A standing order is an instruction from one bank to another to pay a fixed amount on behalf of a business or an individual each time the payment falls due.
It’s a convenient, inexpensive and automated way to collect regular payments from your customers or send them to your suppliers.
When to use a standing order
If you run a subscription service or make a fixed amount of repeat sales, a standing order makes sense as a way to accept payment. Once set up, it’s automated, and you know each month how much cash is going to land in your business bank account. You can also use payment software to manage recurring payments.
In addition to receiving money from customers, you can use standing orders to pay your own regular invoices. For example, you might use it to pay rent or utilities, or to put money into a savings account.
How to set up a standing order
The payer authorises it, so if you have a customer making regular payments to you, they need to contact their bank to organise their standing order payment. It also means they can cancel it at any time without giving you notice, which can cause a headache in managing cash flow.
Similarly, you’re responsible for setting up your standing orders. Traditionally you’d visit your local bank branch, but banking has evolved and you can set up an order using telephone banking or via a banking app.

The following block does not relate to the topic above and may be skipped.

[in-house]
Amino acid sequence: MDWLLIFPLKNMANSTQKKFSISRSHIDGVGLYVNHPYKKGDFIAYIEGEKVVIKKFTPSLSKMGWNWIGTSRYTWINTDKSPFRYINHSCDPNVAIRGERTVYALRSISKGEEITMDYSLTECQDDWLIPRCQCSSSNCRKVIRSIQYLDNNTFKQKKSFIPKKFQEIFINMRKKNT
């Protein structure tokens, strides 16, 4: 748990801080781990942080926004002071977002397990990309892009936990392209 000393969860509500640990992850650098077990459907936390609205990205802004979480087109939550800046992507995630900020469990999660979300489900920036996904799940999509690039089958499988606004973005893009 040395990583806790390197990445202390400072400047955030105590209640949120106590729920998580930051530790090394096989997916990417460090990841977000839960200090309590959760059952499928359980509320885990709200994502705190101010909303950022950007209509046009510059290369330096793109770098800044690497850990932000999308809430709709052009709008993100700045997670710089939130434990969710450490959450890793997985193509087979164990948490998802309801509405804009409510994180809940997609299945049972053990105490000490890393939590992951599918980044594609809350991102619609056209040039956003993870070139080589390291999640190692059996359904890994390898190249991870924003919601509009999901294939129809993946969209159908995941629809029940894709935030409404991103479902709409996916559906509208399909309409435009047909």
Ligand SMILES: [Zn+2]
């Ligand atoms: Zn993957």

Give your own account details – sort code and account number – plus the amount, when the first payment is to be made, the frequency of payments and the recipient’s bank details.
If you want a customer to pay you by standing order, provide them with your current account details, as well as the amount they need to pay.
What happens when a standing order isn’t paid
A standing order isn’t paid if there’s not enough money in the account or if the order has expired. The consequences of that depend on the attitude of the organisation receiving the money.
If you’re the customer, you could be subject to late payment fees or an interruption of service. It could also damage your credit rating and relationship with your suppliers.
If you’re expecting money and it doesn’t arrive, it can affect your cash flow. You can choose to impose penalties on your customer for failing to pay on time. Sometimes it may mean an invoice is never paid, in which case, chase the client for payment or write it off as a loss.
How to cancel a standing order
Cancelling an order is as easy as it is to set one up – give your bank permission to cancel, and they do the rest. If you use online banking all you need to do is log in and hit the cancel button.
You don’t need to tell the recipient you’ve cancelled, although it’s good practice and polite to do so. Otherwise, as a business, sometimes the first inkling you have that a customer has cancelled is when the money fails to materialise, so it can be quite irritating.
Frequently asked questions
Are a standing order and direct debit the same?
No, a standing order is an instruction from the payer to send money, whereas a direct debit is a request from the receiver to be sent the money owed.
What does a standing order mean?
It’s an instruction to a bank from an account-holder to send money to another individual or an organisation.
How do I set up a standing order?
Either in person at a bank branch, via telephone banking or through a banking app. Setting up a standing order online is straightforward and saves time.